Applying AI to business and management processes―across all levels of an organization―offers huge potential. Potential to create more agile and adaptive ways of working, enable better decision making, ramp up operational efficiency, and even to identify and capture completely new opportunities.
Realising this potential is now a priority for companies across most sectors—as they look to stay relevant and stay competitive.
Before developing an AI strategy and implementing it, leaders need to identify where AI, data analytics, and machine learning can fit into their organization, and how they can use those tools to create value. The first step is to assess the current landscape of AI.
The Lay of the Land
Matthew Mitchell, Professor of Economic Analysis and Policy at Rotman School of Management, offers his assessment: “It’s all over the map. There are companies that are the leaders on earth in understanding what these technologies can do, and who are already implementing them. This includes the usual suspects of tech companies and companies in the marketing sphere, and companies that have a big customer service aspect to what they do—like banks and airlines. We also see a lot of companies saying, ‘Our company needs an AI strategy.’ Often they don't really know what that AI strategy would be there to accomplish, and they can be sold a lot of snake oil about what these technologies can do for them, because they don't know.”
Join Matthew Mitchell on Rotman’s executive program: Put AI to Work: Managing with Machines to transform complex business challenges into new opportunities
Dates: June 16–17, 2020 │ Format: In-class study │ Location: Toronto, Ontario
Considering the current state of development of the technologies themselves and if they are at a mature stage now, Mitchell says: “Again, the answers are all over the map. I think you could use the word ‘mature’ in the sense that people know how to deploy these technologies, and the technologies do improve efficiency for lots and lots of firms in some arenas. In other arenas, I think it's really, really far away.”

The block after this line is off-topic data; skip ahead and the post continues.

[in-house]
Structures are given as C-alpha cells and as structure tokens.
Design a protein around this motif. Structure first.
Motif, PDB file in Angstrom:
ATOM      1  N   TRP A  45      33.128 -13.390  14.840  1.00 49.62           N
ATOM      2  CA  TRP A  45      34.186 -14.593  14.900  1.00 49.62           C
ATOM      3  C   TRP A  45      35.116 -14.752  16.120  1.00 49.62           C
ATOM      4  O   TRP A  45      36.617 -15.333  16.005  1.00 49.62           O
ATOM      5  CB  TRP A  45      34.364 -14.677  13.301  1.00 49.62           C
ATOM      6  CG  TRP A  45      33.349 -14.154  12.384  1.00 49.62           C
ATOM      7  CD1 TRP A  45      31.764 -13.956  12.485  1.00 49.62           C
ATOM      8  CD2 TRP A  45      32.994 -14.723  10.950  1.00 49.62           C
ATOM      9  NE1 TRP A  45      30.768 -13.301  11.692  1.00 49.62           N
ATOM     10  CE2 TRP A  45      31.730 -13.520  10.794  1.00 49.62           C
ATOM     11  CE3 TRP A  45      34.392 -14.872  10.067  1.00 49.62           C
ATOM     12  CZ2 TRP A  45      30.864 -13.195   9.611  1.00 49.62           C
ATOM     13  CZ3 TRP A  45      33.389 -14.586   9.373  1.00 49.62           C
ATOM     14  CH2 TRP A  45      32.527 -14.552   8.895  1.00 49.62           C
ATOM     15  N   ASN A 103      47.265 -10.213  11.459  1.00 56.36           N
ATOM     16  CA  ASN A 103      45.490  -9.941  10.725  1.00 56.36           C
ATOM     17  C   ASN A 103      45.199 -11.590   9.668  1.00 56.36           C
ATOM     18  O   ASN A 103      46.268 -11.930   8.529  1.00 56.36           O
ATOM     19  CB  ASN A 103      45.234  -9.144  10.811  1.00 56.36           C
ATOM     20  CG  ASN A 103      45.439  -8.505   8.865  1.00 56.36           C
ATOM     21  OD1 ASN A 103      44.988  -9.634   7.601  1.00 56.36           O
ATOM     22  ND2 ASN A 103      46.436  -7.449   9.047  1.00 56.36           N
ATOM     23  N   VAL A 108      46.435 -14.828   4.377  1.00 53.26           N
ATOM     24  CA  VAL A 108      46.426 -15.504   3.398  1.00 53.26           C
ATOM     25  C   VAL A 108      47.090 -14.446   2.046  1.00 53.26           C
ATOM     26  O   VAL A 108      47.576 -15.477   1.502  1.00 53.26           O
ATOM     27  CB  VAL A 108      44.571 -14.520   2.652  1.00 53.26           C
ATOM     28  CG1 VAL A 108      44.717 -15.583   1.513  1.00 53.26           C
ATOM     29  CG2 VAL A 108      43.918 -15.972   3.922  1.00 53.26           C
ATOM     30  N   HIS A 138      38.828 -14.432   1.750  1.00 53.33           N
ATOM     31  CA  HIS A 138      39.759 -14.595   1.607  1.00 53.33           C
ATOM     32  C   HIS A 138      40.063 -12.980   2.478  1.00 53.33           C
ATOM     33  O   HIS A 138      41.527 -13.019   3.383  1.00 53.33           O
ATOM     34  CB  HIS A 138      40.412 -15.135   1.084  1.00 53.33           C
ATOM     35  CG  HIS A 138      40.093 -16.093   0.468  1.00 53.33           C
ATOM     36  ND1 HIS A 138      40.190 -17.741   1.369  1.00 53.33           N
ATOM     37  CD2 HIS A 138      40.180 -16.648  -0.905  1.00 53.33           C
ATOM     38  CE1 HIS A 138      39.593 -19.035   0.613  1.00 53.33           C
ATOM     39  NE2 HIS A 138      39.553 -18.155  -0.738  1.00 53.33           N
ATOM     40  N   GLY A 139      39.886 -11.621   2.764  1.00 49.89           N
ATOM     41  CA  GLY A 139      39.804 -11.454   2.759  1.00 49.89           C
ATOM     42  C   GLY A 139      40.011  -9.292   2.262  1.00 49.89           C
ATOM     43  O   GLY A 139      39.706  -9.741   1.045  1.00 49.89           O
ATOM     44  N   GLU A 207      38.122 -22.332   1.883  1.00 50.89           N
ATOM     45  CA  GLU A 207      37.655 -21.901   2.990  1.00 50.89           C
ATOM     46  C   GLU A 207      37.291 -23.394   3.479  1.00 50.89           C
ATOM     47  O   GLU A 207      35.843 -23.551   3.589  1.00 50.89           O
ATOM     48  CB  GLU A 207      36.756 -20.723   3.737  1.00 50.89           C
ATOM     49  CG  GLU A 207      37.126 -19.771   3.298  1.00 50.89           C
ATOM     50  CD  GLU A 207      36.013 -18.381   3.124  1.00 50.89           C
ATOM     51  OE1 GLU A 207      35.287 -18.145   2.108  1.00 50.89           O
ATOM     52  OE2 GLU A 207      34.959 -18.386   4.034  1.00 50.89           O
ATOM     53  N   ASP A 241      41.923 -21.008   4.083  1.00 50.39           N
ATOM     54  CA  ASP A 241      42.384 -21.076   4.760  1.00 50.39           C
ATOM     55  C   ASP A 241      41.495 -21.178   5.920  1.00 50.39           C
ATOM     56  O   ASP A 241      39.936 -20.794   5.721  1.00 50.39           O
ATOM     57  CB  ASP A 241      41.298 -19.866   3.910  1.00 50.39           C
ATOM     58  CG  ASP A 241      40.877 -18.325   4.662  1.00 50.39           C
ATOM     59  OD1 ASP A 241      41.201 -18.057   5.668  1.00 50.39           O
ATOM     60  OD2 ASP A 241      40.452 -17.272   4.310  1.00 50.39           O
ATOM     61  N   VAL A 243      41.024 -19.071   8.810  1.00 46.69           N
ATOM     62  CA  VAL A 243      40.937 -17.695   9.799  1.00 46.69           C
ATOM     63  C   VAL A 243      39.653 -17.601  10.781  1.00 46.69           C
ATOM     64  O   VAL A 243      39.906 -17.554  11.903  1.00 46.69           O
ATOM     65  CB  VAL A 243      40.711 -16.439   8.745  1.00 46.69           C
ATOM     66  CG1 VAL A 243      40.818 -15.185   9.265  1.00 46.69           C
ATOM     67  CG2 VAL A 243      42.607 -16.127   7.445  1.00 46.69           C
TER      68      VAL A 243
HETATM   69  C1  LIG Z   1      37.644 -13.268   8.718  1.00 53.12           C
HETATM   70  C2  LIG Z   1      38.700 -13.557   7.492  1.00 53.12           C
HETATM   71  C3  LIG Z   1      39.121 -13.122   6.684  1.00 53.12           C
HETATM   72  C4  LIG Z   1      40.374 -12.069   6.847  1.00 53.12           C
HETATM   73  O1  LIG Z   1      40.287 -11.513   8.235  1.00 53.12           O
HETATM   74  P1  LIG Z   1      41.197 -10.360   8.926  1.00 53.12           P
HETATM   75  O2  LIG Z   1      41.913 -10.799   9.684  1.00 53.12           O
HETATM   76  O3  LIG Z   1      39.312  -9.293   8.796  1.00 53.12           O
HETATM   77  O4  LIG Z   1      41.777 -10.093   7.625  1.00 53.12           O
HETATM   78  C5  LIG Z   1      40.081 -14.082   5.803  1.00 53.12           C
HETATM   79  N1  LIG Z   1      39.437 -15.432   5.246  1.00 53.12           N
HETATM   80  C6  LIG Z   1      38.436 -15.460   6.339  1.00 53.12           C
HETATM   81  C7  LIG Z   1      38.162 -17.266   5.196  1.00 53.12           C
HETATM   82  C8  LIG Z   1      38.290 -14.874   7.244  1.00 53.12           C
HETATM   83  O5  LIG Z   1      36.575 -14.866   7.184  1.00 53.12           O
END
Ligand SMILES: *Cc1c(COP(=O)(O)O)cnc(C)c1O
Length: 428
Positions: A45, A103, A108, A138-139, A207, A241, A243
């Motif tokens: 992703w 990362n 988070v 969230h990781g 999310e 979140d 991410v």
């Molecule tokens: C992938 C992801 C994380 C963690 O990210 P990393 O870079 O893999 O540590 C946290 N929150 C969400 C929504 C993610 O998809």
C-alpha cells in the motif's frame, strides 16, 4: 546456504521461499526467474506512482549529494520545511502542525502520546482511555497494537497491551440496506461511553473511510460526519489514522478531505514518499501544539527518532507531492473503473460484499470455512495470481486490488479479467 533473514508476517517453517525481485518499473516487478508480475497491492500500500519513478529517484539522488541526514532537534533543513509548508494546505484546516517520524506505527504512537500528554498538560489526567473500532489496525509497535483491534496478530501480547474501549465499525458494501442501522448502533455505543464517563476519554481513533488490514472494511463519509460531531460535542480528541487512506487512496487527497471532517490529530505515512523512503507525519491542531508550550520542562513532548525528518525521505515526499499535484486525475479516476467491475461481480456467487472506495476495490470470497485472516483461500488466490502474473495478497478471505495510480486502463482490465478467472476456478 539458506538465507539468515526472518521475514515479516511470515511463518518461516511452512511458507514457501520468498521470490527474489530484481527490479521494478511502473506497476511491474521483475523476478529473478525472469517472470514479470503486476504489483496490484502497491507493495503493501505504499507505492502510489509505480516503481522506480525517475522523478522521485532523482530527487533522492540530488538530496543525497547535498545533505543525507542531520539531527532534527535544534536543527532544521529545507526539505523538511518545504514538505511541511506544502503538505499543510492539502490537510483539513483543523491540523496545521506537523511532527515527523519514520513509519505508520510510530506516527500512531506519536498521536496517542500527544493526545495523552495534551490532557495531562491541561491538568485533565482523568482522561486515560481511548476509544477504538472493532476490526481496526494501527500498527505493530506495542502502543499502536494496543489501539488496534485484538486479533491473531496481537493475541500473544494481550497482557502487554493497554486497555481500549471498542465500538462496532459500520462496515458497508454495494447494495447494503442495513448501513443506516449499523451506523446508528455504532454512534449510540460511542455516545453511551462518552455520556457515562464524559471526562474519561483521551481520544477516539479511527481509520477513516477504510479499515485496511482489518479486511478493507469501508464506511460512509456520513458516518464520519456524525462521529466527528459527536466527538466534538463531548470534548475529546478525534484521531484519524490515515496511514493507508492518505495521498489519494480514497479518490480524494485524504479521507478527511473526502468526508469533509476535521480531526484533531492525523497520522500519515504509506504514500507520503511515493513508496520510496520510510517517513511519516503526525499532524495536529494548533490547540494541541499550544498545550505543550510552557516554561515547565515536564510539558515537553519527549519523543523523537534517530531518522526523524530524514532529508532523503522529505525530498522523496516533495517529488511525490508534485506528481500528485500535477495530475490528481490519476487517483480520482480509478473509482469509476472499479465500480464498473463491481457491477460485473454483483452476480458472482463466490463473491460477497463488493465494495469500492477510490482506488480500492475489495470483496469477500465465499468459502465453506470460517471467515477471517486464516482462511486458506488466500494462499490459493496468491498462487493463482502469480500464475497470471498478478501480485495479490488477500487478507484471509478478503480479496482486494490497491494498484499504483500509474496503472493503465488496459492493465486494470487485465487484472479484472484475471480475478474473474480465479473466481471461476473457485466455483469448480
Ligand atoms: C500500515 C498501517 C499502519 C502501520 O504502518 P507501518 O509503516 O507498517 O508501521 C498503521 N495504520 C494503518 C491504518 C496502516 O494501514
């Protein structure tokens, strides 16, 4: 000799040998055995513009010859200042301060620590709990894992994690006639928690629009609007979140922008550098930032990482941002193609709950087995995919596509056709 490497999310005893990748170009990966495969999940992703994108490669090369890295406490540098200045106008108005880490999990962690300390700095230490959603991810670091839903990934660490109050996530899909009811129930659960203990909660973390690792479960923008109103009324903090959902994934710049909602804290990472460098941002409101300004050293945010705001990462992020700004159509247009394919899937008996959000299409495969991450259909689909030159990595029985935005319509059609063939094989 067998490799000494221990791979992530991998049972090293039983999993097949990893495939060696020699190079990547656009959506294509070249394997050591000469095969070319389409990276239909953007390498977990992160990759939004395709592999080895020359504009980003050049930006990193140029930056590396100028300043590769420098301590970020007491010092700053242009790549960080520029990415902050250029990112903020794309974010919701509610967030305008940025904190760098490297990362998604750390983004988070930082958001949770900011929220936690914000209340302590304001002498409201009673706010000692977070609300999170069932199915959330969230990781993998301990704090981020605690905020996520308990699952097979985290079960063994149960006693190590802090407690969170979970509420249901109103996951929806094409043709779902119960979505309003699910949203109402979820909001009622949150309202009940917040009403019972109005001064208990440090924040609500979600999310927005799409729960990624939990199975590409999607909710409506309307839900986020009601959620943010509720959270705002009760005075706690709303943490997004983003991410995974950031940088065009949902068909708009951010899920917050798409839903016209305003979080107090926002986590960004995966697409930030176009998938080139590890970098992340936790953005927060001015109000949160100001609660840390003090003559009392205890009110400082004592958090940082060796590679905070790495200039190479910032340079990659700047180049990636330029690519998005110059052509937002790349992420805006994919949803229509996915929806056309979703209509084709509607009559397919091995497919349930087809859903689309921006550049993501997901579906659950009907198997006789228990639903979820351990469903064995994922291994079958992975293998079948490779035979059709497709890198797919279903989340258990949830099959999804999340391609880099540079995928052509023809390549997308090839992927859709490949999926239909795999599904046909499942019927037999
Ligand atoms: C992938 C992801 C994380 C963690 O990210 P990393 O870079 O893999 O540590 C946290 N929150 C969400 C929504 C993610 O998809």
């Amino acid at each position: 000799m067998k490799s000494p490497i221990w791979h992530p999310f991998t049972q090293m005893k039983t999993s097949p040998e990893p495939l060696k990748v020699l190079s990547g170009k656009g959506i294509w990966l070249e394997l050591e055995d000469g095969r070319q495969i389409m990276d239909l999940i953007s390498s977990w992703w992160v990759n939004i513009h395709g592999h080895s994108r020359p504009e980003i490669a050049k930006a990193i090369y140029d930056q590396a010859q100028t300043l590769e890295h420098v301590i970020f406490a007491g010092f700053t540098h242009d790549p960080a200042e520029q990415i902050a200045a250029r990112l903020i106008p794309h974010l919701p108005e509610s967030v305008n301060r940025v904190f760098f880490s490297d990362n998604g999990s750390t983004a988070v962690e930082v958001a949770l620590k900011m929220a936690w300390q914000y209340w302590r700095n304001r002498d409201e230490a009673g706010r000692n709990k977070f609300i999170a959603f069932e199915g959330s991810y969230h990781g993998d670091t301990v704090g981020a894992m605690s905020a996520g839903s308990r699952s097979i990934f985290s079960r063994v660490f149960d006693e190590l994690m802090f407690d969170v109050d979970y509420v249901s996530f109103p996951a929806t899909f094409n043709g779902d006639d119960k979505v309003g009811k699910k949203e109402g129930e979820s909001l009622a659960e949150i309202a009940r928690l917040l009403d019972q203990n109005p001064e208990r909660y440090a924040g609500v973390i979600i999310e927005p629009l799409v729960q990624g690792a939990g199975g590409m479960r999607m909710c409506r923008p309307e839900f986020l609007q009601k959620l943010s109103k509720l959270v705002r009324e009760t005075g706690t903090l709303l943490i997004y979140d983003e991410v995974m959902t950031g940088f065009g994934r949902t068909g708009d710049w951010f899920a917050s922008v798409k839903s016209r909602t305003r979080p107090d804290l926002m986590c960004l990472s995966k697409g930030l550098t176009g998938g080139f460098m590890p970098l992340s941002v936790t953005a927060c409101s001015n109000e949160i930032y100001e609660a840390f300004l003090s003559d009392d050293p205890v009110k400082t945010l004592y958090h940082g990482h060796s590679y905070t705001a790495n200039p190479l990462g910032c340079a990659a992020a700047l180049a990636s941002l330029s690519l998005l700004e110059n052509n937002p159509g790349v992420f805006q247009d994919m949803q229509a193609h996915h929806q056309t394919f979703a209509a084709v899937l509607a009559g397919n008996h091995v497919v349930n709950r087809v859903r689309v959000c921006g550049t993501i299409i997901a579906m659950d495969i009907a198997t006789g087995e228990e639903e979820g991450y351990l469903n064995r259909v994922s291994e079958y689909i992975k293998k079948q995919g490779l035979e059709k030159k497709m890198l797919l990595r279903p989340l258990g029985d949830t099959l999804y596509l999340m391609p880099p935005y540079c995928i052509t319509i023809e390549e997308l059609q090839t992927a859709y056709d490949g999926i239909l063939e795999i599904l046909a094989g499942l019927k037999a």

The key to getting started with AI and machine learning is to have some people at the firm that understand broadly what AI algorithms do. That these algorithms, as Mitchell points out, “are mostly trying to solve categorization problems—to decide, based on data, what category something comes from―whether it’s a customer, or a product, or some other data-point comes from. If someone contacts your call centre, the algorithm can figure out from the words they've heard and computed, what this person's problem is—and decide how best to proceed, whether to ship them through to a human, or to another kind of solution.”
Call centres are a great example of what the technology can do. It can categorize people, and tasks, and problems—and help determine where resources should be deployed. Who, in the case of a call centre, are the people that really need to talk to a human?
“In targeted marketing this technology is useful in categorizing what kind of a buyer this is. In some firms, AI is helping with HR decisions too―screening candidates. Understanding what problems AI solves well will help you understand where it can add value in your organization.”
“There isn't a one size fits all solution. You can’t simply drop this technology into your HR department, or into your customer service department. It starts with having some people at a high level knowing what this technology can do.”
Start with the Problem
Mitchell believes rather than seeing this through the prism of ‘new technology’, you need to start from the business problem you want to solve. “It has to start with someone with a problem, and that person having an understanding of how these algorithms work, so that they can communicate with someone with practical knowledge, so that together, they can implement these processes.”
How to acquire this knowledge can depend. While a big bank may have an entire department of technical people with a thousand employees who have data science and machine learning backgrounds who are attacking all business problems in the firm with their technical training, for lots of other firms these technologies are things you don't even necessarily have to implement in-house. There are things that you can outsource and buy from firms that have the technical knowledge. “The key thing is to figure out when you have a match between a business problem and this kind of technology,” says Michell. “If that match isn't there, then it's not going to succeed no matter how technically sophisticated your data people are. And the truth is, if you have a great match, you might not need to employ your own technical people at all.”
This concept is central to the thinking behind the program at Rotman led by Mitchell: Put AI to Work: Managing with Machines. The idea is to touch on, in a non-technical way, some of the ideas about how modern AI works and when it doesn't. Participants will be people who need to figure out how AI can fit into their firm. “We're not really looking for super-technical people that want to learn the absolute nitty-gritty of how these algorithms function. We’re looking for the individuals at a decision-making level that I mentioned earlier—the leaders who are looking for an understanding of the technologies, the landscape, and with problems to solve.”